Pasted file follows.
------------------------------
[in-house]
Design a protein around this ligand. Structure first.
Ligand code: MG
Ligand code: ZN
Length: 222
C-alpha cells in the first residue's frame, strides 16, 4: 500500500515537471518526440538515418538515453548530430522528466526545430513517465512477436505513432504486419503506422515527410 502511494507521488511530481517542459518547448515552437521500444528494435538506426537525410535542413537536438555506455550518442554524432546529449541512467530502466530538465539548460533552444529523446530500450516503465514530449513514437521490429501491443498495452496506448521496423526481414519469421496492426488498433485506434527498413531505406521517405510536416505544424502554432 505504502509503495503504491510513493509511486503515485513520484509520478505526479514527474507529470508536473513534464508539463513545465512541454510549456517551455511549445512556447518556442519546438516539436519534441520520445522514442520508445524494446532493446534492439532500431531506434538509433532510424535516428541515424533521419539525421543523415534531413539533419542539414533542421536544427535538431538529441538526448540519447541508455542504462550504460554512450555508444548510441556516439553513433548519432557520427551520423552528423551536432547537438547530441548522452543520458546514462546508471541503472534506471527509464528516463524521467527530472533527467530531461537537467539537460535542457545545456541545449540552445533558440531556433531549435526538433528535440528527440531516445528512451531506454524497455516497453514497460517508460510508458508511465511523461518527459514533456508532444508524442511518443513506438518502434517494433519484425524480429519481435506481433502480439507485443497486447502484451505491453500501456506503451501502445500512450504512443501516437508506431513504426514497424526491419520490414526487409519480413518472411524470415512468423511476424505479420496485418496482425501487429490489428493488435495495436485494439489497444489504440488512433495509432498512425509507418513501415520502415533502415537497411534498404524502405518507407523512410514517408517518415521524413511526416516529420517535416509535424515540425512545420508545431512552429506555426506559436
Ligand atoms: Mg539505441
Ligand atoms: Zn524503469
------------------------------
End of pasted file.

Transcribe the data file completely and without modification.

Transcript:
[in-house]
Design a protein around this ligand. Structure first.
Ligand code: MG
Ligand code: ZN
Length: 222
C-alpha cells in the first residue's frame, strides 16, 4: 500500500515537471518526440538515418538515453548530430522528466526545430513517465512477436505513432504486419503506422515527410 502511494507521488511530481517542459518547448515552437521500444528494435538506426537525410535542413537536438555506455550518442554524432546529449541512467530502466530538465539548460533552444529523446530500450516503465514530449513514437521490429501491443498495452496506448521496423526481414519469421496492426488498433485506434527498413531505406521517405510536416505544424502554432 505504502509503495503504491510513493509511486503515485513520484509520478505526479514527474507529470508536473513534464508539463513545465512541454510549456517551455511549445512556447518556442519546438516539436519534441520520445522514442520508445524494446532493446534492439532500431531506434538509433532510424535516428541515424533521419539525421543523415534531413539533419542539414533542421536544427535538431538529441538526448540519447541508455542504462550504460554512450555508444548510441556516439553513433548519432557520427551520423552528423551536432547537438547530441548522452543520458546514462546508471541503472534506471527509464528516463524521467527530472533527467530531461537537467539537460535542457545545456541545449540552445533558440531556433531549435526538433528535440528527440531516445528512451531506454524497455516497453514497460517508460510508458508511465511523461518527459514533456508532444508524442511518443513506438518502434517494433519484425524480429519481435506481433502480439507485443497486447502484451505491453500501456506503451501502445500512450504512443501516437508506431513504426514497424526491419520490414526487409519480413518472411524470415512468423511476424505479420496485418496482425501487429490489428493488435495495436485494439489497444489504440488512433495509432498512425509507418513501415520502415533502415537497411534498404524502405518507407523512410514517408517518415521524413511526416516529420517535416509535424515540425512545420508545431512552429506555426506559436
Ligand atoms: Mg539505441
Ligand atoms: Zn524503469